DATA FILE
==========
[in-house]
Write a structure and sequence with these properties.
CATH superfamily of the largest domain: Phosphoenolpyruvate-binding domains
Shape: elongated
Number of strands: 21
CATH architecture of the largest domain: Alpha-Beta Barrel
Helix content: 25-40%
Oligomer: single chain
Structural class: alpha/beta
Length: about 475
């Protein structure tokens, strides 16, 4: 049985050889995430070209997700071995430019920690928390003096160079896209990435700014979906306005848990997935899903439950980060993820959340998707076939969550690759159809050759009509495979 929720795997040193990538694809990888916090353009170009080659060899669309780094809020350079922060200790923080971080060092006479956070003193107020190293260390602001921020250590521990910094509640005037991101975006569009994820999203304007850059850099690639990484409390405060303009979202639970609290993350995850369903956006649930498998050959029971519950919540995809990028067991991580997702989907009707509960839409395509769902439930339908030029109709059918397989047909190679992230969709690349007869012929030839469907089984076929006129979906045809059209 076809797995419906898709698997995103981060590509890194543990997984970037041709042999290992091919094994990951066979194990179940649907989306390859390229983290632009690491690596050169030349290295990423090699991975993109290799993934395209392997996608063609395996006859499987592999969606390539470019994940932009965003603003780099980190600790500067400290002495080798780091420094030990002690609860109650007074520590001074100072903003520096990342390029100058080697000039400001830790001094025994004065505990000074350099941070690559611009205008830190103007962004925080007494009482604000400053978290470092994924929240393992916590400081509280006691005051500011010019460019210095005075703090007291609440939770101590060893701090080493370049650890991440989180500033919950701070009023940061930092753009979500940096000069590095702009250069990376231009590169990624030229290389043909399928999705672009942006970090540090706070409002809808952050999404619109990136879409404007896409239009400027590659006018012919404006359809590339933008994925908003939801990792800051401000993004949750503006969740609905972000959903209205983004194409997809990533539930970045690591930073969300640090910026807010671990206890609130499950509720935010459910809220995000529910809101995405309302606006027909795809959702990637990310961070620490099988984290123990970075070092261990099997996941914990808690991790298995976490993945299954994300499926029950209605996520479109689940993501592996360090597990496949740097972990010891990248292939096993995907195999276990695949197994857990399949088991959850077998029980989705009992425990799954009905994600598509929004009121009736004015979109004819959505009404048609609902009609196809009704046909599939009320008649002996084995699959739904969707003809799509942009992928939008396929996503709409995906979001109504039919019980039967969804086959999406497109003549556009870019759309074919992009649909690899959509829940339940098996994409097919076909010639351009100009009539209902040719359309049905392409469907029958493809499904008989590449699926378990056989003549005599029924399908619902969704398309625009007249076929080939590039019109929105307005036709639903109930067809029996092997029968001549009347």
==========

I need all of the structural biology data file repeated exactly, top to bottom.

[in-house]
Write a structure and sequence with these properties.
CATH superfamily of the largest domain: Phosphoenolpyruvate-binding domains
Shape: elongated
Number of strands: 21
CATH architecture of the largest domain: Alpha-Beta Barrel
Helix content: 25-40%
Oligomer: single chain
Structural class: alpha/beta
Length: about 475
């Protein structure tokens, strides 16, 4: 049985050889995430070209997700071995430019920690928390003096160079896209990435700014979906306005848990997935899903439950980060993820959340998707076939969550690759159809050759009509495979 929720795997040193990538694809990888916090353009170009080659060899669309780094809020350079922060200790923080971080060092006479956070003193107020190293260390602001921020250590521990910094509640005037991101975006569009994820999203304007850059850099690639990484409390405060303009979202639970609290993350995850369903956006649930498998050959029971519950919540995809990028067991991580997702989907009707509960839409395509769902439930339908030029109709059918397989047909190679992230969709690349007869012929030839469907089984076929006129979906045809059209 076809797995419906898709698997995103981060590509890194543990997984970037041709042999290992091919094994990951066979194990179940649907989306390859390229983290632009690491690596050169030349290295990423090699991975993109290799993934395209392997996608063609395996006859499987592999969606390539470019994940932009965003603003780099980190600790500067400290002495080798780091420094030990002690609860109650007074520590001074100072903003520096990342390029100058080697000039400001830790001094025994004065505990000074350099941070690559611009205008830190103007962004925080007494009482604000400053978290470092994924929240393992916590400081509280006691005051500011010019460019210095005075703090007291609440939770101590060893701090080493370049650890991440989180500033919950701070009023940061930092753009979500940096000069590095702009250069990376231009590169990624030229290389043909399928999705672009942006970090540090706070409002809808952050999404619109990136879409404007896409239009400027590659006018012919404006359809590339933008994925908003939801990792800051401000993004949750503006969740609905972000959903209205983004194409997809990533539930970045690591930073969300640090910026807010671990206890609130499950509720935010459910809220995000529910809101995405309302606006027909795809959702990637990310961070620490099988984290123990970075070092261990099997996941914990808690991790298995976490993945299954994300499926029950209605996520479109689940993501592996360090597990496949740097972990010891990248292939096993995907195999276990695949197994857990399949088991959850077998029980989705009992425990799954009905994600598509929004009121009736004015979109004819959505009404048609609902009609196809009704046909599939009320008649002996084995699959739904969707003809799509942009992928939008396929996503709409995906979001109504039919019980039967969804086959999406497109003549556009870019759309074919992009649909690899959509829940339940098996994409097919076909010639351009100009009539209902040719359309049905392409469907029958493809499904008989590449699926378990056989003549005599029924399908619902969704398309625009007249076929080939590039019109929105307005036709639903109930067809029996092997029968001549009347």